Bottom Line: We found that temperature had a significant impact on H. halys 'probing' behavior and may influence periodicity of activity.Our data suggest that the minimal temperature at which 'probing' of H. halys occurs is between 3.5 and 6.1 °C (95% CI), and that 'probing' does not occur at temperatures above 26.5 to 29.6 °C (95% CI).We estimated that the optimal temperature for 'probing' is between 16 and 17 °C.

View Article: PubMed Central - PubMed

Affiliation: Department of Horticulture, Oregon State University, Corvallis, Oregon, United States of America.

ABSTRACT
Brown marmorated stink bug, Halyomorpha halys (Stål), (Hemiptera: Pentatomidae) is an invasive polyphagous agricultural and urban nuisance pest of Asian origin that is becoming widespread in North America and Europe. Despite the economic importance of pentatomid pests worldwide, their feeding behavior is poorly understood. Electronically monitored insect feeding (EMIF) technology is a useful tool in studies of feeding behavior of Hemiptera. Here we examined H. halys feeding behavior using an EMIF system designed for high throughput studies in environmental chambers. Our objectives were to quantify feeding activity by monitoring proboscis contacts with green beans, including labial dabbing and stylet penetration of the beans, which we collectively define as 'probes'. We examined frequency and duration of 'probes' in field-collected H. halys over 48 hours and we determined how environmental conditions could affect diel and seasonal periodicity of 'probing' activity. We found differences in 'probing' activity between months when the assays were conducted. These differences in activity may have reflected different environmental conditions, and they also coincide with what is known about the phenology of H. halys. While a substantial number of 'probes' occurred during scotophase, including some of the longest mean 'probe' durations, activity was either lower or similar to 'probing' activity levels during photophase on average. We found that temperature had a significant impact on H. halys 'probing' behavior and may influence periodicity of activity. Our data suggest that the minimal temperature at which 'probing' of H. halys occurs is between 3.5 and 6.1 °C (95% CI), and that 'probing' does not occur at temperatures above 26.5 to 29.6 °C (95% CI). We estimated that the optimal temperature for 'probing' is between 16 and 17 °C.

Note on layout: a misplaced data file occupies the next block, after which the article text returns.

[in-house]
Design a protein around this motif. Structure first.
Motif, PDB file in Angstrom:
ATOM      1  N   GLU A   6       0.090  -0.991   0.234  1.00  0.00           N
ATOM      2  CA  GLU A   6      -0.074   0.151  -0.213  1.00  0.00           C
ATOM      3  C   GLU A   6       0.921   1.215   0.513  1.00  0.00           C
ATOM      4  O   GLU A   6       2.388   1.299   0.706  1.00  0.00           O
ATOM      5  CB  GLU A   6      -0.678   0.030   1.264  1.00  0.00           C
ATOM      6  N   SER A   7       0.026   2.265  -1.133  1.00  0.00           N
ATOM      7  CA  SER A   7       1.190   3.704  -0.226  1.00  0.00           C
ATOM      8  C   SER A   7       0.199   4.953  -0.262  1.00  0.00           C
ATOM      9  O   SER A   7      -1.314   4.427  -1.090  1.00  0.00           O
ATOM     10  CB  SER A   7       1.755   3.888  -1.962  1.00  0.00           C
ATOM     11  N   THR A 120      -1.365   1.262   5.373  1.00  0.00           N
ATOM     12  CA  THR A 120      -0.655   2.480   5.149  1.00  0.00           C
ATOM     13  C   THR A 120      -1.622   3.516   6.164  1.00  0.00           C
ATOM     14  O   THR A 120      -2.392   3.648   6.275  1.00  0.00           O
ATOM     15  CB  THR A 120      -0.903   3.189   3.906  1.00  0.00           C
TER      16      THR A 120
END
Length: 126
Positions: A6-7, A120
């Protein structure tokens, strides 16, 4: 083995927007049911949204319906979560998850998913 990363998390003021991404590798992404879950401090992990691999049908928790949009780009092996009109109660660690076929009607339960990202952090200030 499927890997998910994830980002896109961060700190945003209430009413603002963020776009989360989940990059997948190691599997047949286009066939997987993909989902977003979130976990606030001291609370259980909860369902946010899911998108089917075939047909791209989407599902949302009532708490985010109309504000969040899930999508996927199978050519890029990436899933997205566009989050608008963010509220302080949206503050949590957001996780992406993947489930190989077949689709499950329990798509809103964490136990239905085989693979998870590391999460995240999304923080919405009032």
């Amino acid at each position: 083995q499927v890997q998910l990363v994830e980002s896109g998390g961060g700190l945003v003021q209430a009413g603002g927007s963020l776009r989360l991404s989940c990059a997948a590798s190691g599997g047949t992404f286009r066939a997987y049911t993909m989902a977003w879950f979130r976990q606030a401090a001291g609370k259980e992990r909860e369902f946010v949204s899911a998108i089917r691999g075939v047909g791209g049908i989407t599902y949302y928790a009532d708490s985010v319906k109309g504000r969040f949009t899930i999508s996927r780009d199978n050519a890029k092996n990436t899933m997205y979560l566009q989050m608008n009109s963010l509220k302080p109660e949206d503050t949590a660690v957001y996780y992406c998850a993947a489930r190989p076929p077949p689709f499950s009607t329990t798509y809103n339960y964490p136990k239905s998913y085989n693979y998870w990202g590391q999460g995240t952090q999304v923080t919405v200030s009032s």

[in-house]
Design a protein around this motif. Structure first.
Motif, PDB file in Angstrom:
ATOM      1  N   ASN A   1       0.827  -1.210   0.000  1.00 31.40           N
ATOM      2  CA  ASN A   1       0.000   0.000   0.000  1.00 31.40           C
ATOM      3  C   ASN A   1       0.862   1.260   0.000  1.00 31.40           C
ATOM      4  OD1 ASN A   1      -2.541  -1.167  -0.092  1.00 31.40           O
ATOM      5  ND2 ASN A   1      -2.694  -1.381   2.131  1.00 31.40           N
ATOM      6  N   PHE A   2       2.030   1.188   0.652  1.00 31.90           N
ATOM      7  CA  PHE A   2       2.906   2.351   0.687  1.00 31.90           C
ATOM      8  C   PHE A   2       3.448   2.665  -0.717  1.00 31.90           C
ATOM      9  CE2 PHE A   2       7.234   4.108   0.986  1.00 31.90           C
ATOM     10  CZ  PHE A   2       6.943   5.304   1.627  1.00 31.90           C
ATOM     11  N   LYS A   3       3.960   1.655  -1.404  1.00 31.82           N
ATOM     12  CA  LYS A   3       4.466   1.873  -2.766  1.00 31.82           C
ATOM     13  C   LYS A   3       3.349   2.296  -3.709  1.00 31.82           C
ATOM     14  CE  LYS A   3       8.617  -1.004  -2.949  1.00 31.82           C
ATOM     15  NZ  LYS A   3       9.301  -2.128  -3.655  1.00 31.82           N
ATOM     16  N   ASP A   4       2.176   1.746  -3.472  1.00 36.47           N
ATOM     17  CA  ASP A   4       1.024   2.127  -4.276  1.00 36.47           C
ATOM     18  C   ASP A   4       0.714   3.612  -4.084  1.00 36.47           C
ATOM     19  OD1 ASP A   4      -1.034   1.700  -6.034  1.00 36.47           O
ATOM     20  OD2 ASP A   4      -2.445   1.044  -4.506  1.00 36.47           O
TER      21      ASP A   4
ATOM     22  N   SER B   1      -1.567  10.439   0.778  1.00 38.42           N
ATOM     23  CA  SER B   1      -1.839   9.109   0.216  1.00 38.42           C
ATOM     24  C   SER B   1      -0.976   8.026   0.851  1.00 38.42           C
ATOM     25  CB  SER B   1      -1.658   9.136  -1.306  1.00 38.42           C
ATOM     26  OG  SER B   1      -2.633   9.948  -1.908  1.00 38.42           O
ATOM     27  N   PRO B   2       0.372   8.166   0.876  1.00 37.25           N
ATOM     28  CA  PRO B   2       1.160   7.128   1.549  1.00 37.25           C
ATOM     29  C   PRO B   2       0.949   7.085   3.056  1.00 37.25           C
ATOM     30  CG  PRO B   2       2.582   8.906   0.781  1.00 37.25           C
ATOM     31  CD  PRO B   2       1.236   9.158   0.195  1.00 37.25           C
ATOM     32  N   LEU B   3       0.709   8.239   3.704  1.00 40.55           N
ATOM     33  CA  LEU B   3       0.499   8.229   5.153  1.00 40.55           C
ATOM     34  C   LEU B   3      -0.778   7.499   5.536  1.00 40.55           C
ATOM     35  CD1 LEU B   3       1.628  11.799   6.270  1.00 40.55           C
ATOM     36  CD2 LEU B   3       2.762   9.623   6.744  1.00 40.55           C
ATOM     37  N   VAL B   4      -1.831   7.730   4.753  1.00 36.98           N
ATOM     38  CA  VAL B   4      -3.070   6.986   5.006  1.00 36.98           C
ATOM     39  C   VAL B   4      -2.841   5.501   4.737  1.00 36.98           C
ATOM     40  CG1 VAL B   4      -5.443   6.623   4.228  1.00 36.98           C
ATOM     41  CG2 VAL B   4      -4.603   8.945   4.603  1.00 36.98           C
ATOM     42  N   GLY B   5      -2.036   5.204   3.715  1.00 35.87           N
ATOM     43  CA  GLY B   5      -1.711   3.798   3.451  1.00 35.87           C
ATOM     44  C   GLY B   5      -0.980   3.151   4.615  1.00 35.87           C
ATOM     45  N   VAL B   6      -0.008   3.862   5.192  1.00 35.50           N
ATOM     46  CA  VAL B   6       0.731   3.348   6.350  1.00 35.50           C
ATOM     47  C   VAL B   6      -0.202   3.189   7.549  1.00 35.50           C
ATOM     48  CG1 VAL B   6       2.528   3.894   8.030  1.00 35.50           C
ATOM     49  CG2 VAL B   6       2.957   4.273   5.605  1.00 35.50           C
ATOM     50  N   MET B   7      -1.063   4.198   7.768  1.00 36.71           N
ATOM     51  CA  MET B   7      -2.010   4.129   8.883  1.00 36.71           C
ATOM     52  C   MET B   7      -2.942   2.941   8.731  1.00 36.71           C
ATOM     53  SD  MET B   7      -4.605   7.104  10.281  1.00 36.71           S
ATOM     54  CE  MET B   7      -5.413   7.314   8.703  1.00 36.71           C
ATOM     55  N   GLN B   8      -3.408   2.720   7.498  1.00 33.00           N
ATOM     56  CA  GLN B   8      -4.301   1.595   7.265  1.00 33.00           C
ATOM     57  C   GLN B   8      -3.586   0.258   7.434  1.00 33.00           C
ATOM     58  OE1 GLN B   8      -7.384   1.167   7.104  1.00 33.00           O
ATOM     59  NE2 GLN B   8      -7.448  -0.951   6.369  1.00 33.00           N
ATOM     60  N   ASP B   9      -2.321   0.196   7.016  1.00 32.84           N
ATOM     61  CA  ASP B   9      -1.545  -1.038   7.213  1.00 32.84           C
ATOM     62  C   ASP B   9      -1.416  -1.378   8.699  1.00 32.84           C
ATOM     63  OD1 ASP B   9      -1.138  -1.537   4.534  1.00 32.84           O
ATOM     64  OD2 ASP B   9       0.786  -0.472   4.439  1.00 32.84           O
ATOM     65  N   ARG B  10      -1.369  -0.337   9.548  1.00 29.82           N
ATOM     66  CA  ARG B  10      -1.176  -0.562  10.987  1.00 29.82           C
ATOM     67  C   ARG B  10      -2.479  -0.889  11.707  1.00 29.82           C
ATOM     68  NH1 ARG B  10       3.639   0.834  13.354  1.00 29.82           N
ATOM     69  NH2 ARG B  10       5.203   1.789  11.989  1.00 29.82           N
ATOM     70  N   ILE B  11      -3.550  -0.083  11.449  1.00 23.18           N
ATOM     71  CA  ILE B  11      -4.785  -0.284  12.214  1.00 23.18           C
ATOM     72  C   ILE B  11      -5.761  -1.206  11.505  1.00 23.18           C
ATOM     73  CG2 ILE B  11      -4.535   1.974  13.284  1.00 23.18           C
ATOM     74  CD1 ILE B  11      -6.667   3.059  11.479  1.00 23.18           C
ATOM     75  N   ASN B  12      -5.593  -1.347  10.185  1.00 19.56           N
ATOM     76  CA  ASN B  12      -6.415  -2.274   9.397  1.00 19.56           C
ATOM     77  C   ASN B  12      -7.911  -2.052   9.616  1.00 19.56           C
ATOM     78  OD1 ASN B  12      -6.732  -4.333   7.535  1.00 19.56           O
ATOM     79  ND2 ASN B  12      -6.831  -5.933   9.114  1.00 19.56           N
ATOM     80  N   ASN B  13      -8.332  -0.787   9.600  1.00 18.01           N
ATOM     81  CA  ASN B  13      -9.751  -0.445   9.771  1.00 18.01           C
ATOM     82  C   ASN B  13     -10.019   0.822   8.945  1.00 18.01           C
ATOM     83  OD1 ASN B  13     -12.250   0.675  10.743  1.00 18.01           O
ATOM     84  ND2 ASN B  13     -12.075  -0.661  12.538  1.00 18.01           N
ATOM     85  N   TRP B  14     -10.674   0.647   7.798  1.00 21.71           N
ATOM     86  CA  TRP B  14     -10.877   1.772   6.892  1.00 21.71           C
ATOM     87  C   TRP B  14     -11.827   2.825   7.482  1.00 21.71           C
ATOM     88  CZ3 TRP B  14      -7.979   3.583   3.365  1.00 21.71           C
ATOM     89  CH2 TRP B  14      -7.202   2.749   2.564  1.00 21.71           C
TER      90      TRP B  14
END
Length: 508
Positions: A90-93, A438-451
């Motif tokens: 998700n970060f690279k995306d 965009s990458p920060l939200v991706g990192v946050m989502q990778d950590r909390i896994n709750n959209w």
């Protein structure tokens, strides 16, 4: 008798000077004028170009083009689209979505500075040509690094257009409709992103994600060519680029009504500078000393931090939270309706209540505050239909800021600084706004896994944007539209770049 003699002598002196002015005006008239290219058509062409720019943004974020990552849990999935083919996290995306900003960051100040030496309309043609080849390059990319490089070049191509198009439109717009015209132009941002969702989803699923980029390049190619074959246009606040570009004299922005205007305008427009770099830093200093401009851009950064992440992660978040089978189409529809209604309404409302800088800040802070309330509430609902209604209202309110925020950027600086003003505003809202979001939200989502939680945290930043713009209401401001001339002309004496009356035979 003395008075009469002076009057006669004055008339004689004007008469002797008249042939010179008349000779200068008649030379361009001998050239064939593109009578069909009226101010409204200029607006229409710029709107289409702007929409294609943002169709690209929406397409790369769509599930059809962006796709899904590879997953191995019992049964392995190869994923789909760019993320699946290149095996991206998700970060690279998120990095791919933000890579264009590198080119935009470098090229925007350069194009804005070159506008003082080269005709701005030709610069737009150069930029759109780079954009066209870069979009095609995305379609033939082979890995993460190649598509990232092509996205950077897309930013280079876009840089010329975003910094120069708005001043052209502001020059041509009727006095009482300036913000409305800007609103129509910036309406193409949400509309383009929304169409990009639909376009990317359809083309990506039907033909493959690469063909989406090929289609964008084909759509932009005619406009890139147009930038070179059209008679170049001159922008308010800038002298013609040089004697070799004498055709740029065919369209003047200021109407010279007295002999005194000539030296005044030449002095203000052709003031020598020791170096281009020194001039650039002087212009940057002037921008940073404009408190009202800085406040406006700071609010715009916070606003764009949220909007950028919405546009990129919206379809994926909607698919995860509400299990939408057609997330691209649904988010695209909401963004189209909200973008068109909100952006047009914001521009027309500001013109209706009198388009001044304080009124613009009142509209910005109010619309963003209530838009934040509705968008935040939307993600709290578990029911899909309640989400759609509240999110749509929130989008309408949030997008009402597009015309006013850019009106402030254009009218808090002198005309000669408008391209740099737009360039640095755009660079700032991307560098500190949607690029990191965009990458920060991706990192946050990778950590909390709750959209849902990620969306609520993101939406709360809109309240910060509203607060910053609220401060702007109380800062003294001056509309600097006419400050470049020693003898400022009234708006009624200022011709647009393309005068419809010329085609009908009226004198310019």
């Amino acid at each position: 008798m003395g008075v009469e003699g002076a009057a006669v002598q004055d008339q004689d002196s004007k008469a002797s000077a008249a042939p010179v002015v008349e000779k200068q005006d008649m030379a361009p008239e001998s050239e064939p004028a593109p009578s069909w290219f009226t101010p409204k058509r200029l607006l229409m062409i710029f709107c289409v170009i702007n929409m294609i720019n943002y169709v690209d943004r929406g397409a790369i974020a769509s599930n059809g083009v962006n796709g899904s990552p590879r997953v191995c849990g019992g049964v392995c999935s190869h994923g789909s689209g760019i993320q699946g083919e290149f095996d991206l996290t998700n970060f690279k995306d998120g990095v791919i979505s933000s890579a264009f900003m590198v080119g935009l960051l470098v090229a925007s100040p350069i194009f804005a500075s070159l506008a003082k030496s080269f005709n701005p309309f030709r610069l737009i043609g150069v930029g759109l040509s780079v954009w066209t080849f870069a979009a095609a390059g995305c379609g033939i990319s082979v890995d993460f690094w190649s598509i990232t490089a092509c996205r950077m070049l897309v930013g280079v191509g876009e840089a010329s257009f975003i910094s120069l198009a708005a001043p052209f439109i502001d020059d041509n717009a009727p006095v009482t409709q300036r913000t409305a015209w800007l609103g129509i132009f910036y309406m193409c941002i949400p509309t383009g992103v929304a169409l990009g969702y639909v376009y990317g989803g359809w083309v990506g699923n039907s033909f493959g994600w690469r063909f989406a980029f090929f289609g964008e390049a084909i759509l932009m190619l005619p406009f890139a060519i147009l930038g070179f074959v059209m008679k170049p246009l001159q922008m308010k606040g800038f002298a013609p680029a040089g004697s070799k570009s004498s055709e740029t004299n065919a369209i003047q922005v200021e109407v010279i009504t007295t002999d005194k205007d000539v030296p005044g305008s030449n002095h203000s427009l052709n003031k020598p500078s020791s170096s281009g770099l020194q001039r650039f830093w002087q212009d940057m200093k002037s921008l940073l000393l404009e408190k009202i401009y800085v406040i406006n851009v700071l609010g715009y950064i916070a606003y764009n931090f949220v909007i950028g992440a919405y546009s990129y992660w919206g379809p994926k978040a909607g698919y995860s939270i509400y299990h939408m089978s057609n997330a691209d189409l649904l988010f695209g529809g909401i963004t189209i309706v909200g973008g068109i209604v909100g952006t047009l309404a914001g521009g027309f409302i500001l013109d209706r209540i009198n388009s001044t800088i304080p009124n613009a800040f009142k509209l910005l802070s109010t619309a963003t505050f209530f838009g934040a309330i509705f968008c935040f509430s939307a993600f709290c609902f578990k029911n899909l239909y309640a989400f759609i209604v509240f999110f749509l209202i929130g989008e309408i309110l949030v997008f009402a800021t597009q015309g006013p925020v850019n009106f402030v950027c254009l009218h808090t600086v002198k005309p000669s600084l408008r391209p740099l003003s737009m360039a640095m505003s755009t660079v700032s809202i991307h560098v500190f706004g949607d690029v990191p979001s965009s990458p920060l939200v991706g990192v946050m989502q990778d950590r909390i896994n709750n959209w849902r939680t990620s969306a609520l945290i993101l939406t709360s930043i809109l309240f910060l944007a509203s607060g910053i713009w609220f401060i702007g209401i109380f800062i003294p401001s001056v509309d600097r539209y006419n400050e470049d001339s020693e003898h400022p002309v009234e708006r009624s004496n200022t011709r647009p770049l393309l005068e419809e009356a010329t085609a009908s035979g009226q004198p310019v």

Show MeSH
Related in: MedlinePlus